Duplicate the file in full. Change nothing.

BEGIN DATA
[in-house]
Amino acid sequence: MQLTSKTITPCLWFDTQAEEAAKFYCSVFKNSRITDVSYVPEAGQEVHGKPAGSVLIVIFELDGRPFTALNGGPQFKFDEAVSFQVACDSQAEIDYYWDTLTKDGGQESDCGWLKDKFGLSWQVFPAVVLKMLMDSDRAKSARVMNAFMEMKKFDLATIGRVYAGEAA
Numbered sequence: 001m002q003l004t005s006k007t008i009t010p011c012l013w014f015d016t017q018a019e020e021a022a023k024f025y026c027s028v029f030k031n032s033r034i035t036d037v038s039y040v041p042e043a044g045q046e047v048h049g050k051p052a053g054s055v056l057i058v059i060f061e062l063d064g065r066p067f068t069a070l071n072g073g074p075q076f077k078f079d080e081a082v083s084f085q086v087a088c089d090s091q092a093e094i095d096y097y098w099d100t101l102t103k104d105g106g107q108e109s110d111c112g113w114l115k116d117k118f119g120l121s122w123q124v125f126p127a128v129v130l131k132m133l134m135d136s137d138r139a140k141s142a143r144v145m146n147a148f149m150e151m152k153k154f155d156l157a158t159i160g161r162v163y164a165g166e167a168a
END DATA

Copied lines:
[in-house]
Amino acid sequence: MQLTSKTITPCLWFDTQAEEAAKFYCSVFKNSRITDVSYVPEAGQEVHGKPAGSVLIVIFELDGRPFTALNGGPQFKFDEAVSFQVACDSQAEIDYYWDTLTKDGGQESDCGWLKDKFGLSWQVFPAVVLKMLMDSDRAKSARVMNAFMEMKKFDLATIGRVYAGEAA
Numbered sequence: 001m002q003l004t005s006k007t008i009t010p011c012l013w014f015d016t017q018a019e020e021a022a023k024f025y026c027s028v029f030k031n032s033r034i035t036d037v038s039y040v041p042e043a044g045q046e047v048h049g050k051p052a053g054s055v056l057i058v059i060f061e062l063d064g065r066p067f068t069a070l071n072g073g074p075q076f077k078f079d080e081a082v083s084f085q086v087a088c089d090s091q092a093e094i095d096y097y098w099d100t101l102t103k104d105g106g107q108e109s110d111c112g113w114l115k116d117k118f119g120l121s122w123q124v125f126p127a128v129v130l131k132m133l134m135d136s137d138r139a140k141s142a143r144v145m146n147a148f149m150e151m152k153k154f155d156l157a158t159i160g161r162v163y164a165g166e167a168a